American Tower feud ‘not positive’ for Mexico’s TV Azteca, Fitch says

08/09/18 Reuters

REUTERS/Edgard Garrido/File Photo

Credit ratings agency Fitch voiced concerns on Thursday that TV Azteca’s legal battle with American Tower Corp was “not positive or favorable” for the Mexican broadcaster’s credit profile, two days after Reuters reported the lawsuit.

MATC Infraestructura, a unit of cell tower owner and operator American Tower (AMT.N), sued TV Azteca (AZTECACPO.MX) for nearly $97 million in a New York state court, saying the company has defaulted on a loan.

In an interview, Alberto Moreno, a senior director at Fitch, said the agency will likely evaluate what the case means for TV Azteca’s credit rating.

“Our sense is obviously this is not favorable or positive for the credit profile of the company,” he said. “We will continue monitoring.”

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Mexico and U.S. Studying NAFTA Rules of Origin Proposals-Minister

08/06/18 New York Times

naftaMexico’s economy minister Ildefonso Guajardo said on Monday the country has put forward a proposal to update the North American Free Trade Agreement’s contentious rules of origin, and in turn was studying the U.S. position.

The United States has demanded tougher rules of origin, particularly on what percentage of a car needs to be built in the NAFTA region to avoid tariffs than outlined in the current trade deal.

“We have a proposal on the table, we’re analyzing some characteristics of the U.S. position, and we’re doing it clearly in line with our dialogue with Mexico’s auto industry,” Guajardo told reporters after an event in Mexico City.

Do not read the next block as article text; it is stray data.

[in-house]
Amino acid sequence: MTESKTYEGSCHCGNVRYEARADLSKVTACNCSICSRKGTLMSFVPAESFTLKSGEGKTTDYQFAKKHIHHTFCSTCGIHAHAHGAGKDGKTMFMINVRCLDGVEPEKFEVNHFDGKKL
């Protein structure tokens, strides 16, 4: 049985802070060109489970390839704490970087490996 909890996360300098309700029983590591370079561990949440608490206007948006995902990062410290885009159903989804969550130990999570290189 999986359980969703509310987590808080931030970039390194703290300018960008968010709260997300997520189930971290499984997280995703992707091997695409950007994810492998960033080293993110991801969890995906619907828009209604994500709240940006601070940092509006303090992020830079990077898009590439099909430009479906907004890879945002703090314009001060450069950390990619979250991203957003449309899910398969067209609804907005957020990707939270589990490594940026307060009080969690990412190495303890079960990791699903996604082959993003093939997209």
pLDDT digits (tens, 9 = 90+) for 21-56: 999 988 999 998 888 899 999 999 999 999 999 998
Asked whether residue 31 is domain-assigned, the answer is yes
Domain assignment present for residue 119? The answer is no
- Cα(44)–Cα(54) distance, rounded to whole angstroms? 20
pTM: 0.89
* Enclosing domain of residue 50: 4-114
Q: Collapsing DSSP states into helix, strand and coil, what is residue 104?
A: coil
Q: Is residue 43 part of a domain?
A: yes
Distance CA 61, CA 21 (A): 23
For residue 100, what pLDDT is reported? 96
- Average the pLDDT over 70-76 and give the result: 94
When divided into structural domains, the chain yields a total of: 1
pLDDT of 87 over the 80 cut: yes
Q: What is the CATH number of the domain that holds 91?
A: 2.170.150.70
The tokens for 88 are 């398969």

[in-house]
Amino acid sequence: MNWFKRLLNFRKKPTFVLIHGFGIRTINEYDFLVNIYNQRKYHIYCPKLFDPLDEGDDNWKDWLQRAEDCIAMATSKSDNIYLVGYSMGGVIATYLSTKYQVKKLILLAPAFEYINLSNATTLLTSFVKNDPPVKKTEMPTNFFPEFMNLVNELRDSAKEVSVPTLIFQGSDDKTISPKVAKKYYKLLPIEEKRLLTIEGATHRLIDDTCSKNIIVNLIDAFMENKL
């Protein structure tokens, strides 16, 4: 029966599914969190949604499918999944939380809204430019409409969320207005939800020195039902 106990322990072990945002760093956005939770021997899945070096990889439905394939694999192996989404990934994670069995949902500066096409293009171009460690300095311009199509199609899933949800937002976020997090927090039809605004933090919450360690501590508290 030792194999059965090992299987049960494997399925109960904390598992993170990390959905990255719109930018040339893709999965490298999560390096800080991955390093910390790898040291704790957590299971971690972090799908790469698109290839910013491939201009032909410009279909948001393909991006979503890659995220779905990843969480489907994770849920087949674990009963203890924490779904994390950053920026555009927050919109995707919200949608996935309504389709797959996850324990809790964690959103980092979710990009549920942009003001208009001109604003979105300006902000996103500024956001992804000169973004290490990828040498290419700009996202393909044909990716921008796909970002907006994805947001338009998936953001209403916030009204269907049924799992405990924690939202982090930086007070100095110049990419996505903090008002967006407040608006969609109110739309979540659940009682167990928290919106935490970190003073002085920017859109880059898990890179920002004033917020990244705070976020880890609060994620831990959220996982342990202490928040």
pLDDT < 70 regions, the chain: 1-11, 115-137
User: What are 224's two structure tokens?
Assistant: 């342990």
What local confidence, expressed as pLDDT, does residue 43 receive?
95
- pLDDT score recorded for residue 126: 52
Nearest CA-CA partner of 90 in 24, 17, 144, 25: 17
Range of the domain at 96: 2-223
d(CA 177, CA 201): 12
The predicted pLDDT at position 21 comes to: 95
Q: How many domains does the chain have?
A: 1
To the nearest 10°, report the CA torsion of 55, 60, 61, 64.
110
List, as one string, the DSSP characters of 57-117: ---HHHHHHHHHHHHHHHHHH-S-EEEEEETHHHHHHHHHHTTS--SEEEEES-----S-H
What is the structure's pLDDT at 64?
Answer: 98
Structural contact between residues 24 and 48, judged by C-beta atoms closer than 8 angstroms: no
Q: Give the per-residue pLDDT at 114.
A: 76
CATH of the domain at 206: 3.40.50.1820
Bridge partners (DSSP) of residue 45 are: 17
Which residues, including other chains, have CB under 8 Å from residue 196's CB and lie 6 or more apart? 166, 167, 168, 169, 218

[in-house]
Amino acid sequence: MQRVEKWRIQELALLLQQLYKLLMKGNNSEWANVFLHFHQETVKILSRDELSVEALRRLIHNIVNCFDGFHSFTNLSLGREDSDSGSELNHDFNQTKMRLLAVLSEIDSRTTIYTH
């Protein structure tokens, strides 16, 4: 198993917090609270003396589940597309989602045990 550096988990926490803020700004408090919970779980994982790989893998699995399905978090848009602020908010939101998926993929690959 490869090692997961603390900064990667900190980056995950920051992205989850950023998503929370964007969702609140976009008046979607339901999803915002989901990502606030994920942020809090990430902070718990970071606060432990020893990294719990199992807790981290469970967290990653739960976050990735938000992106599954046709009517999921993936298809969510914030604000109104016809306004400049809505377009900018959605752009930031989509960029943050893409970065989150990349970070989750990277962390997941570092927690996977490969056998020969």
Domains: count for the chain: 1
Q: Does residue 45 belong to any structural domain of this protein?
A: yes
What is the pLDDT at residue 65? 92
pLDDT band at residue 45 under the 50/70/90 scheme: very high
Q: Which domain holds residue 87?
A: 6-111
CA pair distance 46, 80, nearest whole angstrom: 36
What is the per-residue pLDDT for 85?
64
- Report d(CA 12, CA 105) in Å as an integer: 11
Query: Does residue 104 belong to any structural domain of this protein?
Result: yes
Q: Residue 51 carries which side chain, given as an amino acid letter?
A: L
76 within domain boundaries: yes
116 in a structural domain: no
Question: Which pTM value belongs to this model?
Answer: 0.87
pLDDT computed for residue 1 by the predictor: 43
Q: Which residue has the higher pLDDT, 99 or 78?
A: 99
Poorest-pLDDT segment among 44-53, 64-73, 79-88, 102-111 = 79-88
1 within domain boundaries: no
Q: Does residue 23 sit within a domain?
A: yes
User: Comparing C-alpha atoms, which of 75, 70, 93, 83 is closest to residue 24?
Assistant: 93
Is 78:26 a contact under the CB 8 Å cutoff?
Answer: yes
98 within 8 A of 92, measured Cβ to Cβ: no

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Main risk facing Mexico is closing the economy-minister

07/23/2018 Reuters

Idelfonso-GuajardoThe main risk facing Mexico is that it closes its economy and allows the economic integration of the last two-and-a-half decades to unwind, Mexican Economy Minister Ildefonso Guajardo said on Monday.

“The biggest risk is that instead of moving forward with an agenda of opening and integration, we move backwards, closing our economy and really undoing what we’ve built in the last two and a half decades,” Guajardo told reporters in the western city of Puerto Vallarta. (Reporting by Anthony Esposito; Writing by Dave Graham)

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Walmex’s new e-commerce VP eyes groceries to propel online business

07/11/2018 Reuters

Photo by Flikr user elmada

Wal Mart de Mexico’s (WALMEX.MX) new e-commerce head plans to play to its strengths in grocery deliveries to help the country’s largest retailer stand apart from rivals, like Amazon.com Inc and his former employer MercadoLibre Inc, he said in an interview Wednesday.

Ignacio Caride, who joined the company as a vice president last week, said internet food or household orders can encourage shoppers to seek non-grocery goods from the website or mobile app of Walmex, as the company is known.

“Leveraging the food and supermarket delivery part adds a very big competitive advantage,” said Caride, who spent 13 years at online marketplace MercadoLibre. “It generates a shopping habit.”

Online and brick-and-mortar businesses alike have been boosting e-commerce investments in Mexico, pressuring retailers to stay ahead with efficient logistics, broad inventories and fast shipping.